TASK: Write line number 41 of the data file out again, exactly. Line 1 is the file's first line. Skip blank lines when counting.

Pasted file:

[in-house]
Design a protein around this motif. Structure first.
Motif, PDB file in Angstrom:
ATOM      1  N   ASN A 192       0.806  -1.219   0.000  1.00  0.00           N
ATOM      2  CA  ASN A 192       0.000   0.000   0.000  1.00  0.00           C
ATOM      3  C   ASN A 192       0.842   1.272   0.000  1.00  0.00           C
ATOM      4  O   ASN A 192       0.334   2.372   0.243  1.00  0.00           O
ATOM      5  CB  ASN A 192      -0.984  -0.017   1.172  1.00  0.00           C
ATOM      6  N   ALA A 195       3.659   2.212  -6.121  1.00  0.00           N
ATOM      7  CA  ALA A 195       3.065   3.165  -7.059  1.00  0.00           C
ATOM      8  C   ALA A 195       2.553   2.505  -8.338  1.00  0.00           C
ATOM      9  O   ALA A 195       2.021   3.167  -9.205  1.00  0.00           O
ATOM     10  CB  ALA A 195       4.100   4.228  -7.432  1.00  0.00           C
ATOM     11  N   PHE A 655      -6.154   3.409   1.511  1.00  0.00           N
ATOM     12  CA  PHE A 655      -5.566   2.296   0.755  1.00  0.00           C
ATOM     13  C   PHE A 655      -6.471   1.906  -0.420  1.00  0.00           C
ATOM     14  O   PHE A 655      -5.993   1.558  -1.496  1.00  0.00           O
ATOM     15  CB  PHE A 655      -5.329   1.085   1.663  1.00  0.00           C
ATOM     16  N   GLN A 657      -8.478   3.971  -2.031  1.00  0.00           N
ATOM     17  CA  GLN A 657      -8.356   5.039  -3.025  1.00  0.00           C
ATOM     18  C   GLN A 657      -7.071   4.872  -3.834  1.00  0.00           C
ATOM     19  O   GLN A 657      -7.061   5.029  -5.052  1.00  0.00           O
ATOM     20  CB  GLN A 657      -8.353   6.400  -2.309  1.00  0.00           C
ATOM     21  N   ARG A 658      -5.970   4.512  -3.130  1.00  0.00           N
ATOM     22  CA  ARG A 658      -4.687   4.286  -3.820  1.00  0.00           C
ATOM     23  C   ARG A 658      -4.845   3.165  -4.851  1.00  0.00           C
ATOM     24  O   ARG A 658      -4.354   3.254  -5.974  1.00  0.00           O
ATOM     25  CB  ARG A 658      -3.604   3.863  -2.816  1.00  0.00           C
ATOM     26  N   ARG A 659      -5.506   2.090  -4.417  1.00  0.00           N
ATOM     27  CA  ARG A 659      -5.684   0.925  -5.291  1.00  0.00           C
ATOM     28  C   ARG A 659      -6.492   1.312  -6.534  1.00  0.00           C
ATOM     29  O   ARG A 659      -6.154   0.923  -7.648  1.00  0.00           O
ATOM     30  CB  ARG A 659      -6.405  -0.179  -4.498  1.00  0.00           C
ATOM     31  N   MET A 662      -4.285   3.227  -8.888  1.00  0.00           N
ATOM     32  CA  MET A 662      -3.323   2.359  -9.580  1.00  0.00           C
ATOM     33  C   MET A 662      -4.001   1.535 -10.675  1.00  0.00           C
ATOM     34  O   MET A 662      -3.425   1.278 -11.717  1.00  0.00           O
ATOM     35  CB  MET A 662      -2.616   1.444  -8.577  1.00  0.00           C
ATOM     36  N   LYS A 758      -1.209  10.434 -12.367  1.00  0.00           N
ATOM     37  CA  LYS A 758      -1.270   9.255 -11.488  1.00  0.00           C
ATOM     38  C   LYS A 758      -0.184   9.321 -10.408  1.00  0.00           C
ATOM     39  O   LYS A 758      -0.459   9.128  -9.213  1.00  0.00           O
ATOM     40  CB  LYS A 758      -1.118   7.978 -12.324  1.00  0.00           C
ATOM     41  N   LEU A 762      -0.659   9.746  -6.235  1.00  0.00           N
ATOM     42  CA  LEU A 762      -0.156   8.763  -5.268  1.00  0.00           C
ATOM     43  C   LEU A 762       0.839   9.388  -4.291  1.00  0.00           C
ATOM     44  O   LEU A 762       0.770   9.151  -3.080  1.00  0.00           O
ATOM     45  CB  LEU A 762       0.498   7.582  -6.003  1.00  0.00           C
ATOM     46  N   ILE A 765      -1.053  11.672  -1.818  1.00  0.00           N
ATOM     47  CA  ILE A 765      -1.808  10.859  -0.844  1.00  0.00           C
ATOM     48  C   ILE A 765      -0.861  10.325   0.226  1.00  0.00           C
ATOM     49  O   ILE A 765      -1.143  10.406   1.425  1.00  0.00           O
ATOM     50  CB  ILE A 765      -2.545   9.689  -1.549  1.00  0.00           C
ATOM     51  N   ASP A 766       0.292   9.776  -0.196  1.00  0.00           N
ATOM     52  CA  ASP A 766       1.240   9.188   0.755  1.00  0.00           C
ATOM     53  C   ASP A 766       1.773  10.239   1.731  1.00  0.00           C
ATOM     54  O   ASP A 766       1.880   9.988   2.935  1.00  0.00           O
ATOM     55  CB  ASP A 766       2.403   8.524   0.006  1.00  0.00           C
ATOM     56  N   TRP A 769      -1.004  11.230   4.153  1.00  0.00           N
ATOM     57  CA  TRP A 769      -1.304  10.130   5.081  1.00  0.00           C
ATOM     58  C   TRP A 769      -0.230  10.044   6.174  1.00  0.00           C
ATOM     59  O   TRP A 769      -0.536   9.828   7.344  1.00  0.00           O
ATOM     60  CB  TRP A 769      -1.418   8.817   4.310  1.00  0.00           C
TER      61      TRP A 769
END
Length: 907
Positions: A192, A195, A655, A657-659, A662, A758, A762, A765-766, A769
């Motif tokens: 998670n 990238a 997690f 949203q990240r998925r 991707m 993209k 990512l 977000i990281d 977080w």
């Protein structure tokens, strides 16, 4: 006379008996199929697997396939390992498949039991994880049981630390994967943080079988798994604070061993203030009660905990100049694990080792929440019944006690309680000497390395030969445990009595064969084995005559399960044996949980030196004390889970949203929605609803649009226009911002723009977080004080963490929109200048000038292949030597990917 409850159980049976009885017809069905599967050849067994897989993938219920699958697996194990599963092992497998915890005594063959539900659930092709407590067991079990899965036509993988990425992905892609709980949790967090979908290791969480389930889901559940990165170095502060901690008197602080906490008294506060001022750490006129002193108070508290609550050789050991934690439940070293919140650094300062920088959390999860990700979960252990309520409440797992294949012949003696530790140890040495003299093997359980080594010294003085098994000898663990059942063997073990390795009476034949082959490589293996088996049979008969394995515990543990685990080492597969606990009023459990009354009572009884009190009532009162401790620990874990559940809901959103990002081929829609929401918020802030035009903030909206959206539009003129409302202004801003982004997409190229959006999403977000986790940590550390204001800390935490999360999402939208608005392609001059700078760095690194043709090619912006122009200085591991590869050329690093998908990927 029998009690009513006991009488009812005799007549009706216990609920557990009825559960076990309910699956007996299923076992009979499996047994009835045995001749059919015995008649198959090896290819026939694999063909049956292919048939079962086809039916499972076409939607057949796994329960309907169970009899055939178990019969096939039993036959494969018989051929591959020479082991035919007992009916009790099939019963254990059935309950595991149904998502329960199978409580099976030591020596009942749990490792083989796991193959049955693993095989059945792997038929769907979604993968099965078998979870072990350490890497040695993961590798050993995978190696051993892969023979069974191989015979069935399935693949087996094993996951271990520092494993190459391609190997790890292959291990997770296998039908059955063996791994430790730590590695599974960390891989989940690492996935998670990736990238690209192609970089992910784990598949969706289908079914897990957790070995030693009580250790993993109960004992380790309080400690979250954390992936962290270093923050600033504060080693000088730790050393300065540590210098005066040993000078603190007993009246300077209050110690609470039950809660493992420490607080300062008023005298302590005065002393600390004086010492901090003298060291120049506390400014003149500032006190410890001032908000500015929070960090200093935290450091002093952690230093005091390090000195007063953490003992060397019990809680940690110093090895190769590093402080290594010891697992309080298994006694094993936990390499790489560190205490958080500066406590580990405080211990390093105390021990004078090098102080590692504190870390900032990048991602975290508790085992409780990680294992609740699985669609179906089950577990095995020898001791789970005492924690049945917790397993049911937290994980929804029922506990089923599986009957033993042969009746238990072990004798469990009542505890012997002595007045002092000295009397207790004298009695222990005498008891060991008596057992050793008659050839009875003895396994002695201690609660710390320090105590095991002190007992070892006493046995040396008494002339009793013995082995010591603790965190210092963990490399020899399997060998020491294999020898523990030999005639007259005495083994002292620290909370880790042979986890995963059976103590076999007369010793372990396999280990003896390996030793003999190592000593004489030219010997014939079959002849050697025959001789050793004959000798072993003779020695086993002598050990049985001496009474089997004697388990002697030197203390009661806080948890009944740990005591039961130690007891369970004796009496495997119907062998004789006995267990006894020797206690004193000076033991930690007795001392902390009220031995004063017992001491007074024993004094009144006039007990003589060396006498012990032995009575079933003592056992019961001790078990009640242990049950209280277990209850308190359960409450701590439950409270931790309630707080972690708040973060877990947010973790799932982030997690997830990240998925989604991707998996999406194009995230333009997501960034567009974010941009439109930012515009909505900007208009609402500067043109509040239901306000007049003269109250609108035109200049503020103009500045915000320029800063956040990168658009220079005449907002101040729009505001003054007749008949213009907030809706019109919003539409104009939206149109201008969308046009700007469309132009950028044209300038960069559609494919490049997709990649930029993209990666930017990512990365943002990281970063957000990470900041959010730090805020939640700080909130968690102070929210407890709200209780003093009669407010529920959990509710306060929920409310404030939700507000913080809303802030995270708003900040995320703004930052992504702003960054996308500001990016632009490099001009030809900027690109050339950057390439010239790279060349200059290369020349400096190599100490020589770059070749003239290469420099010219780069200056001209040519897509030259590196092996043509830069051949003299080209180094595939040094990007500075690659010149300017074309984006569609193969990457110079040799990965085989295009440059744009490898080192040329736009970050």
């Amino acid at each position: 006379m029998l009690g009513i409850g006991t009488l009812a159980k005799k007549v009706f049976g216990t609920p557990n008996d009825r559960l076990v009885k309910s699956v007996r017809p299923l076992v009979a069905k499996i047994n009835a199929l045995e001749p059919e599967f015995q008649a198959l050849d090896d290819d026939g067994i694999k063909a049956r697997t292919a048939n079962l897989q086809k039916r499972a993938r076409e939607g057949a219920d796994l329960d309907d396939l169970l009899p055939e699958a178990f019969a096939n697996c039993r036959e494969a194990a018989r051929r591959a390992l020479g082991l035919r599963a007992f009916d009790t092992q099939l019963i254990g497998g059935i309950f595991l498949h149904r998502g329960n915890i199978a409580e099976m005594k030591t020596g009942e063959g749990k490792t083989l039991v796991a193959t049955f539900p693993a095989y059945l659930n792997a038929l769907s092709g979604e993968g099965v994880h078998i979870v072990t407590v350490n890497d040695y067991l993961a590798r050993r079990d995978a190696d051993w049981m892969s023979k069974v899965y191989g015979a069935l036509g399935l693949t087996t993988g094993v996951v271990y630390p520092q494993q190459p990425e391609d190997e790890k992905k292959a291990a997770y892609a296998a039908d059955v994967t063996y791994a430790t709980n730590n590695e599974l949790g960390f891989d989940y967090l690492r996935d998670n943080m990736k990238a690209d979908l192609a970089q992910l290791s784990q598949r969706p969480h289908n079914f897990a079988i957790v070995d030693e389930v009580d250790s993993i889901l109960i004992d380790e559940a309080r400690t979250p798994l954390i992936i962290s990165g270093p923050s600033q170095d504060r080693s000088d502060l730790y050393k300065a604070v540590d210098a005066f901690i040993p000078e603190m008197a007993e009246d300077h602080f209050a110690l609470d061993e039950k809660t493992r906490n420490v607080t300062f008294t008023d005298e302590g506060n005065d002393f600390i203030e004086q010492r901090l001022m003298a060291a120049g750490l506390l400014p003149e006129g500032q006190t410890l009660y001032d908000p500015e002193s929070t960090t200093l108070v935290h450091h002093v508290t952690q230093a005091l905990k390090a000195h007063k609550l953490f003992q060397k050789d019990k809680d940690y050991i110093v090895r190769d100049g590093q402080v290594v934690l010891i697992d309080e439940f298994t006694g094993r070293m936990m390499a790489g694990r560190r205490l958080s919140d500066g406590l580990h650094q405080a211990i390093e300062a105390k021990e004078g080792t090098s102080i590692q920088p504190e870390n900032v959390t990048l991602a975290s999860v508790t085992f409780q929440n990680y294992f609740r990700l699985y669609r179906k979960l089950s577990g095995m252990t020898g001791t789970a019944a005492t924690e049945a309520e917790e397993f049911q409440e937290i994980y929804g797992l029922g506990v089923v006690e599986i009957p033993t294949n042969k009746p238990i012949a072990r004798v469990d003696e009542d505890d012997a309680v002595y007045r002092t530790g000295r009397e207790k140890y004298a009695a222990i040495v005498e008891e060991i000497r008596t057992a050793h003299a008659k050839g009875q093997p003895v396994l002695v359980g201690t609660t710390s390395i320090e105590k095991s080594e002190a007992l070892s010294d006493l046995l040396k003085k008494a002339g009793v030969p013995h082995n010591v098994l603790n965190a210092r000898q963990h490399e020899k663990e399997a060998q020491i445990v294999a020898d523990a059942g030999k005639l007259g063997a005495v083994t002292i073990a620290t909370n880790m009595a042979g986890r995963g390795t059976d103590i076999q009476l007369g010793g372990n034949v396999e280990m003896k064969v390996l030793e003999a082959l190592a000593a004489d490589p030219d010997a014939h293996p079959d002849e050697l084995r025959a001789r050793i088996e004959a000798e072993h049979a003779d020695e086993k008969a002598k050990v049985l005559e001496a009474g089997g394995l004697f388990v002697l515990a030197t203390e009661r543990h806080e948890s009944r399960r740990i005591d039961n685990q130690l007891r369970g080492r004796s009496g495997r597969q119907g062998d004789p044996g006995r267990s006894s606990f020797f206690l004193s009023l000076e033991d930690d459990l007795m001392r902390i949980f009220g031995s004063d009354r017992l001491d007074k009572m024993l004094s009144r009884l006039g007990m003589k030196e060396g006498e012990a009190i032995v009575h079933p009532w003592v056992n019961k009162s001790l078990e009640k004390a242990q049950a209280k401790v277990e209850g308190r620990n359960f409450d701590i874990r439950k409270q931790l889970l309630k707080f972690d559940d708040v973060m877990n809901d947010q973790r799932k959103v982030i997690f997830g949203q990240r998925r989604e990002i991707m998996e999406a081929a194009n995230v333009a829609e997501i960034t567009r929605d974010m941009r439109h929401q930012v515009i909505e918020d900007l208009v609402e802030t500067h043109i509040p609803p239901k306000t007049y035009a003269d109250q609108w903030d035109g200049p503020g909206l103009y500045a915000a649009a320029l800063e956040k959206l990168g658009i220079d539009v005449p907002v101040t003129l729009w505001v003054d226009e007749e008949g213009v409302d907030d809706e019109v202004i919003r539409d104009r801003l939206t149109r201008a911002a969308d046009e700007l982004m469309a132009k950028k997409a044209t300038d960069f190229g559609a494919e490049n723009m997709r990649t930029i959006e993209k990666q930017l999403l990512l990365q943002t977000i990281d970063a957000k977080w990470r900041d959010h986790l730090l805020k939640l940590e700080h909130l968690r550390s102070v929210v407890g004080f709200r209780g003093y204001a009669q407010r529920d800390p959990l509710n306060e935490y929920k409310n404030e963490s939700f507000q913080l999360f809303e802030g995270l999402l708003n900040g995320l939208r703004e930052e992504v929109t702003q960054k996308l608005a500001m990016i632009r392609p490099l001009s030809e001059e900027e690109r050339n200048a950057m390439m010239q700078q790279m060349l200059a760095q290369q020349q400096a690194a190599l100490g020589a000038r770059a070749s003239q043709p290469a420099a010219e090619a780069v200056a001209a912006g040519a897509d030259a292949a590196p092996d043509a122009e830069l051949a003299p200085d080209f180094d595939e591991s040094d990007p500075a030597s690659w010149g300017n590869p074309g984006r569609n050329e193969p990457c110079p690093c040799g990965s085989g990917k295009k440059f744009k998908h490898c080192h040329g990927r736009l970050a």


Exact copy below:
ATOM     38  C   LYS A 758      -0.184   9.321 -10.408  1.00  0.00           C